Matt screens tend to polarise opinion, with many complaining that it makes the panel dull and lifeless, versus others who love the ability to work outside and near windows with them.

The truth is that both of these statements are true, and the Lenovo is totally unsuitable for those who want to enjoy movies and pictures, but it’s a great choice for people who want to work on the move.

Performance

Lenovo ideapad u300s review

TechRadar Labs

tech labs

Benchmarks
Cinebench: 7,244
3D Mark: 3,394
Battery Eater: 232 mins

The Lenovo IdeaPad U300S’s less powerful Intel Core i5 processor showed through in our lab tests, and the 7,244 score in Cinebench is on the low side when compared to the Asus Zenbook UX31 and Acer Aspire S3.

In real-world terms, this is more than enough processing power to run advanced programs such as Photoshop, although rendering will take longer than on full-powered Intel Core processors and ultrabooks with the Core i7 model. You’ll have no problem running multiple applications at the same time, though.

There’s no dedicated graphics card, so 3D effects are left to the GPU found on the Intel Sandy Bridge processor. As you might expect, it produces a poor score, and you won’t be playing any of the latest titles on the Lenovo IdeaPad U300S.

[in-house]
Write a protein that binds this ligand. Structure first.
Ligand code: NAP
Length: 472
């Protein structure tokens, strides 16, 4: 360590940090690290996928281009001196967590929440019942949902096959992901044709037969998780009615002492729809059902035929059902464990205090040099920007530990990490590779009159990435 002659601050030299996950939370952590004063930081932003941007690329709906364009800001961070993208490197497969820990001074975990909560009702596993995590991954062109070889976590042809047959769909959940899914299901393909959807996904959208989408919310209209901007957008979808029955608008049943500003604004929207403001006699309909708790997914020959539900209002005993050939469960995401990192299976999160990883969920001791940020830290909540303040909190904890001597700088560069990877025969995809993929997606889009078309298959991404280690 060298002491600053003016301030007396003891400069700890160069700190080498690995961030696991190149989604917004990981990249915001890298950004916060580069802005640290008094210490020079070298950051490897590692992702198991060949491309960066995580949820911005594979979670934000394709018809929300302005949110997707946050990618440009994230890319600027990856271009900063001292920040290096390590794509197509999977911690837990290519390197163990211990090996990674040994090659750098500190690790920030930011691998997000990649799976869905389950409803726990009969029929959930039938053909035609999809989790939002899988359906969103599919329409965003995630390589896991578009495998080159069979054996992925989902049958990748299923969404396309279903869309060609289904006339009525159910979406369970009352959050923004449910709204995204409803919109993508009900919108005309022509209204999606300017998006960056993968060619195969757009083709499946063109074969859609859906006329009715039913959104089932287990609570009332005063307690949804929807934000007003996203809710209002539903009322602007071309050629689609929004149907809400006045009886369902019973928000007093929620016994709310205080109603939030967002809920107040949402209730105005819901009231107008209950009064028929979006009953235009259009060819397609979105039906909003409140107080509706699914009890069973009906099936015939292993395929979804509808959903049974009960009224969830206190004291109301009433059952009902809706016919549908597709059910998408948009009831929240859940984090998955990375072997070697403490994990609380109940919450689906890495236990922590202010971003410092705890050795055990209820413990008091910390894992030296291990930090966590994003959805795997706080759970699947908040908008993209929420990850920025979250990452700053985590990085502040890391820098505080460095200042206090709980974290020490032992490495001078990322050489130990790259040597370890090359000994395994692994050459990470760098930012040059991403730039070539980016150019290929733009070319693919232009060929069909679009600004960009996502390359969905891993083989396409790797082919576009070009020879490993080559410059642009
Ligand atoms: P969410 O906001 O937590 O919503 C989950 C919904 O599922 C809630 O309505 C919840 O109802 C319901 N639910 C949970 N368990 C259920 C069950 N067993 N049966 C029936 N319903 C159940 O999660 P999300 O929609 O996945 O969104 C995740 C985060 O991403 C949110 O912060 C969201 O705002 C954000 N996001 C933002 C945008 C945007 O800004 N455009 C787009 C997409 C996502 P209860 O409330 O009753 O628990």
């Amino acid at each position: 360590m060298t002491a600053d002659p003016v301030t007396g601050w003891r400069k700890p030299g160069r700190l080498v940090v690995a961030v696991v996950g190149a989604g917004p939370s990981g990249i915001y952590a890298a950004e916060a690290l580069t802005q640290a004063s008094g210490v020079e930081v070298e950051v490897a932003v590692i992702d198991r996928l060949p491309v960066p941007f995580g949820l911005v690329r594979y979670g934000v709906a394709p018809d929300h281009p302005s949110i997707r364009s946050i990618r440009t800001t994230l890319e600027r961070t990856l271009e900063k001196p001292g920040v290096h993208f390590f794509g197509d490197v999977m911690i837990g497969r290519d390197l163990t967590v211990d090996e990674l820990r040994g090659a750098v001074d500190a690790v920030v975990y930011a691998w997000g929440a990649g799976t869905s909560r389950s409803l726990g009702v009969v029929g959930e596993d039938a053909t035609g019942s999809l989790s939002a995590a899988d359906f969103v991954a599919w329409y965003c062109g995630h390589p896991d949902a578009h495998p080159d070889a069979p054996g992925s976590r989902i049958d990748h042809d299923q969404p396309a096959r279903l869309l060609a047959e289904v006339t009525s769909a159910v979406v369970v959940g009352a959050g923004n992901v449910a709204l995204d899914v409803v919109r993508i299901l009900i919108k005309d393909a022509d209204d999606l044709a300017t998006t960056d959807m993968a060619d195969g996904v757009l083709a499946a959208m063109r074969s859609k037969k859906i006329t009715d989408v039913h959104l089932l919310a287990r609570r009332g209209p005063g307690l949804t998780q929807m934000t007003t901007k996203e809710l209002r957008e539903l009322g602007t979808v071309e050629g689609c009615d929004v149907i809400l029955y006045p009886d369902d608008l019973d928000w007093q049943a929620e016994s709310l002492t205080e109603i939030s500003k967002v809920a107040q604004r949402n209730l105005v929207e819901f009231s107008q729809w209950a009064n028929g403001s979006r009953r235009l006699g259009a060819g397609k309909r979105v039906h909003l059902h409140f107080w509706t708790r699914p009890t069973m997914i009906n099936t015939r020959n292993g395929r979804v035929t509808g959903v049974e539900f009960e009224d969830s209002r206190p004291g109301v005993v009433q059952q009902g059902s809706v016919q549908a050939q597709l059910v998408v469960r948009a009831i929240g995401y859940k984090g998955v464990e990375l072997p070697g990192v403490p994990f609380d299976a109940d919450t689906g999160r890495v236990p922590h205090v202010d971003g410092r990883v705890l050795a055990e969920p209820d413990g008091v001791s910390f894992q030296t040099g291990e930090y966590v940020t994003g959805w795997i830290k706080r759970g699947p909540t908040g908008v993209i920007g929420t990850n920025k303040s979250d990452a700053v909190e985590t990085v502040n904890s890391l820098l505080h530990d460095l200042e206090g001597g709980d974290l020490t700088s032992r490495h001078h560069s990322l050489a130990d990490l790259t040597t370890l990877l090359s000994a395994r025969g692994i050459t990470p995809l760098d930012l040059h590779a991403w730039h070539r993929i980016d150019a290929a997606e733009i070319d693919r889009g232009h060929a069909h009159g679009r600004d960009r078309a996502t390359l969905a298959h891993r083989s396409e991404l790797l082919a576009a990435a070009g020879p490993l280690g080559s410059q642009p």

Lenovo ideapad u300s review

There’s enough graphical grunt to deal with HD video, so you can watch a movie on the move, but anything more demanding is out of the question, and the screen won’t make movies look their best anyway.

The battery life was decent, if unspectacular, with 232 minutes of use in our harsh lab tests. This translates to around five hours of web surfing and emailing, which equates to a good day on the move, but nowhere near the seven hours quoted by Lenovo on its marketing literature.

One of the major complaints across many ultrabooks is that they often feature poor, uncomfortable keyboards, and single button trackpads that are frustrating to use, and easy to skip across the page with unintentionally. Unfortunately, the Lenovo suffers here too.